Ultimately Nintendo, Microsoft and Sony answer to share-holders and financial entities which would be alarmed by such invasive acts.  As "frightening" as some of these ToS stipulations may seem, it is unfathomable to consider a reality wherein Nintendo exploits personal pictures and then points to the ToS as a rationale for their MO.  As a precautionary measure, Nintendo, and many other companies which require an acceptance of a ToS agreement, include vague legal language to protect themselves from unforeseen derivatives relating to their product or service.  In addition, they simply include such information from a macro-perspective.  If and when an issue arises pertaining to this clause, they would hopefully reassess the situation on a level which considers specificity and individual perspective.
 
At the end of the wallet, it would be entirely foolish for Nintendo to exercise any of these ToS clauses for fear of consumer backlash.

Posted by LCom

There was a similar hub-bub a while ago about AOL Instant Messenger. Their TOS said they had rights to save and use any bits of any conversation you had on their service. I don't know if this is still the case, or how TOS change using other clients like Trillian or Pidgin.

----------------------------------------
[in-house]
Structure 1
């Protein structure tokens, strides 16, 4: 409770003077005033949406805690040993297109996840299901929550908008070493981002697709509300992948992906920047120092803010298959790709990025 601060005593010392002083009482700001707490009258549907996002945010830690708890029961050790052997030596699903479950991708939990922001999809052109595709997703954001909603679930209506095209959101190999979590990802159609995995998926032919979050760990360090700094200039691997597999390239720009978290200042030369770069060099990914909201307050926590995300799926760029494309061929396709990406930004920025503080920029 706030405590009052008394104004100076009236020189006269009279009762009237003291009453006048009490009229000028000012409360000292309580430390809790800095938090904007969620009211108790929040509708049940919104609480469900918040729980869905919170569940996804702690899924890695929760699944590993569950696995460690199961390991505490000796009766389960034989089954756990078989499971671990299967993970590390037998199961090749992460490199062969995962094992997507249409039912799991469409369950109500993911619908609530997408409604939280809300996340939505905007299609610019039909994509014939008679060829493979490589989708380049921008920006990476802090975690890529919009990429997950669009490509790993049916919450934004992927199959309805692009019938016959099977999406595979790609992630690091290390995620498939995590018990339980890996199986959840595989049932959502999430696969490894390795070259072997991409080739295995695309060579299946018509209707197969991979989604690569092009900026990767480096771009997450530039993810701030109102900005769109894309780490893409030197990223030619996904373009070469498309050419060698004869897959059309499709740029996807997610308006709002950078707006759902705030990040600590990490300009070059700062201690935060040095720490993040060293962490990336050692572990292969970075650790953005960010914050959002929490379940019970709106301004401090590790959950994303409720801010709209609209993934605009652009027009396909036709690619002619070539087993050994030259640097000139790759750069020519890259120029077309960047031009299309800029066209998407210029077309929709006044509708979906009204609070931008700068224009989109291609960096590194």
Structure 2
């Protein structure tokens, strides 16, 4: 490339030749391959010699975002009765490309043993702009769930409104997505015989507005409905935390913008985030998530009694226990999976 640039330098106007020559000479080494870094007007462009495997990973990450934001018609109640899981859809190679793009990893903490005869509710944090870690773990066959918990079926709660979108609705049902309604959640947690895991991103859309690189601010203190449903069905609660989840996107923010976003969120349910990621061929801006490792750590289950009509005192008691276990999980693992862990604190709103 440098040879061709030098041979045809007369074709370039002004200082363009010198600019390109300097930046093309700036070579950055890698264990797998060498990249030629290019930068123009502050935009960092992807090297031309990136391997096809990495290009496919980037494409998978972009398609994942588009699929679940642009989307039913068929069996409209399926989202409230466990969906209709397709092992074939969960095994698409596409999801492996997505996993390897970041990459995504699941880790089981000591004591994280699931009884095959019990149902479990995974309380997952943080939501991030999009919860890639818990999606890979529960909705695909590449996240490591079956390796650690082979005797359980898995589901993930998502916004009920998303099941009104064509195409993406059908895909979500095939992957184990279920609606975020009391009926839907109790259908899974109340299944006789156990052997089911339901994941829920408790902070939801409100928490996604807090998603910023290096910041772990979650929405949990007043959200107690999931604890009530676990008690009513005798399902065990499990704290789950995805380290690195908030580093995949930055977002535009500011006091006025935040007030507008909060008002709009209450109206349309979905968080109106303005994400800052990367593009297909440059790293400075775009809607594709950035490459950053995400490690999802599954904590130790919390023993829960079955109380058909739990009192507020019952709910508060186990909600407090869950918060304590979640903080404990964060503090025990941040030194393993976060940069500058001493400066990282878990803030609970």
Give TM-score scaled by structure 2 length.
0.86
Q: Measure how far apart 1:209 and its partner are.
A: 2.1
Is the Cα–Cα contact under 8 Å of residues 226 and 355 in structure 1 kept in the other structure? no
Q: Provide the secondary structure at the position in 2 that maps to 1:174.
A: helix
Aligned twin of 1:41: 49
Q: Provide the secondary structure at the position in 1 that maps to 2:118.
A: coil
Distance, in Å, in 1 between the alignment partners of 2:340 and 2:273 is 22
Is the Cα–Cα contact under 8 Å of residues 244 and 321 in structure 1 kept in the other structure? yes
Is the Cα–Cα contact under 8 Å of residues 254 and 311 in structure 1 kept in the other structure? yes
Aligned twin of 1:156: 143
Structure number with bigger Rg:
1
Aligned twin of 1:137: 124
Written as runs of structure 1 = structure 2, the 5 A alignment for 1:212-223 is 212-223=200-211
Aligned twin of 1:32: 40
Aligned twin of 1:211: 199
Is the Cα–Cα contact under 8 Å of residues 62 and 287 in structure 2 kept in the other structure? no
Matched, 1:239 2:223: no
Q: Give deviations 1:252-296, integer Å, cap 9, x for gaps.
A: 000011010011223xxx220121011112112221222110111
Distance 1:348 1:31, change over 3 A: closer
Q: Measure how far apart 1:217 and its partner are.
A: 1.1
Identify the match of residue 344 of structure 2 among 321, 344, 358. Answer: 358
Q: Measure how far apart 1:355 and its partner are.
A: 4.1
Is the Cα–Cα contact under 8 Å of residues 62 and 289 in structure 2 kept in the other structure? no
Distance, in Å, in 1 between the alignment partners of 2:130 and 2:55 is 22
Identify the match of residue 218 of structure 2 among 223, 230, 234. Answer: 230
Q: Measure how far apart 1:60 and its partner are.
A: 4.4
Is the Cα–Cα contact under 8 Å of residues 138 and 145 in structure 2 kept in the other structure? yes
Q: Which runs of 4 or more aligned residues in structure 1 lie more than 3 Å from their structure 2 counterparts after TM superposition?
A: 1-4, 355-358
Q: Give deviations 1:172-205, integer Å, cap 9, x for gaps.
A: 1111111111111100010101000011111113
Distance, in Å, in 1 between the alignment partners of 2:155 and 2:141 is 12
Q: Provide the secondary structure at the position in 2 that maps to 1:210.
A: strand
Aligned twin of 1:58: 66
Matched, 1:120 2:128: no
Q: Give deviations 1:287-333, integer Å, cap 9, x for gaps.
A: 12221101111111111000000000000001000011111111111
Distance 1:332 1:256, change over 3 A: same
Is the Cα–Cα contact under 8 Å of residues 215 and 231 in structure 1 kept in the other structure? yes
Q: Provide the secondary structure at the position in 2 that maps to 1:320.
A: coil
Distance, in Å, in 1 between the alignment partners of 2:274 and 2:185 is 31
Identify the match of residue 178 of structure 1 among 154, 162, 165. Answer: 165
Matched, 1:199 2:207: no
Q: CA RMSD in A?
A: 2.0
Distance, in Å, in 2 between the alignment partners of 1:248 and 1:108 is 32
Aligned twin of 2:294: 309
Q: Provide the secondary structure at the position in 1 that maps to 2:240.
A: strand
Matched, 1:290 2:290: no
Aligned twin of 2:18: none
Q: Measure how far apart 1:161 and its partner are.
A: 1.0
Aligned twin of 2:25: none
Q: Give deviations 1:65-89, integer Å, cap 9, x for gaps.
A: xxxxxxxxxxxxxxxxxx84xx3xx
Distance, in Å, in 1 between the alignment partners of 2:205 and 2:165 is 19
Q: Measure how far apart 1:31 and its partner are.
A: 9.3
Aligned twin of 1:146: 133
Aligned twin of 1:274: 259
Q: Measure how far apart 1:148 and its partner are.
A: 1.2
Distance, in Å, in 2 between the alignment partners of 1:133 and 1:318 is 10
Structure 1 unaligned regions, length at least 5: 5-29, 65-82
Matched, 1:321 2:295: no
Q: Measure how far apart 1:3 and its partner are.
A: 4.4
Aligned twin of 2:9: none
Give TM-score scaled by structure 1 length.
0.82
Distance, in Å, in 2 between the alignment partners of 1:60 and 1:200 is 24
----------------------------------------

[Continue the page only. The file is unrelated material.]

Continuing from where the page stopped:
But past performance predicts future performance. I have a feeling that what this clause is usually used for is allowing online showcases. They're just using the right as "you agree that we can share it to other players." Then there's times like Trials HD's user track pack DLC. When one of your tracks is picked up and used in there, I think people usually feel good that their work got accepted.
 
This kind of clause also doesn't say that a company is forced to abuse the users. If a company wants to keep players, odds are they won't. Legalese is basically built around the premise of covering ones own ass in every and all ways. In practice, companies will want to be fair, and keep players and content creators around. Rewarding them, acknowledging them, and keeping them feeling good. That'll keep them around, generating content, entertaining other players, and basically doing work for them.
 
The difference between "using" and "owning" can mean a lot here. Because the creators maintain ownership, even if a company is using it somehow, that doesn't prevent the owner from using it in his own ways. Griffball has been picked up and distributed to all Reach players, but then there's the Griffball hub website(s? I'm not checking anything here, btw) that let the creators follow up, maintain a lot of control over their work and the community surrounding it.
 
Just looking at what's been done before, I can't really think of anything particularly egregious that companies have done user created content. The worst I could even imagine is use without credit. But if something made is spectacular enough, the company may want to track down and pick up the creator, and not just what they created.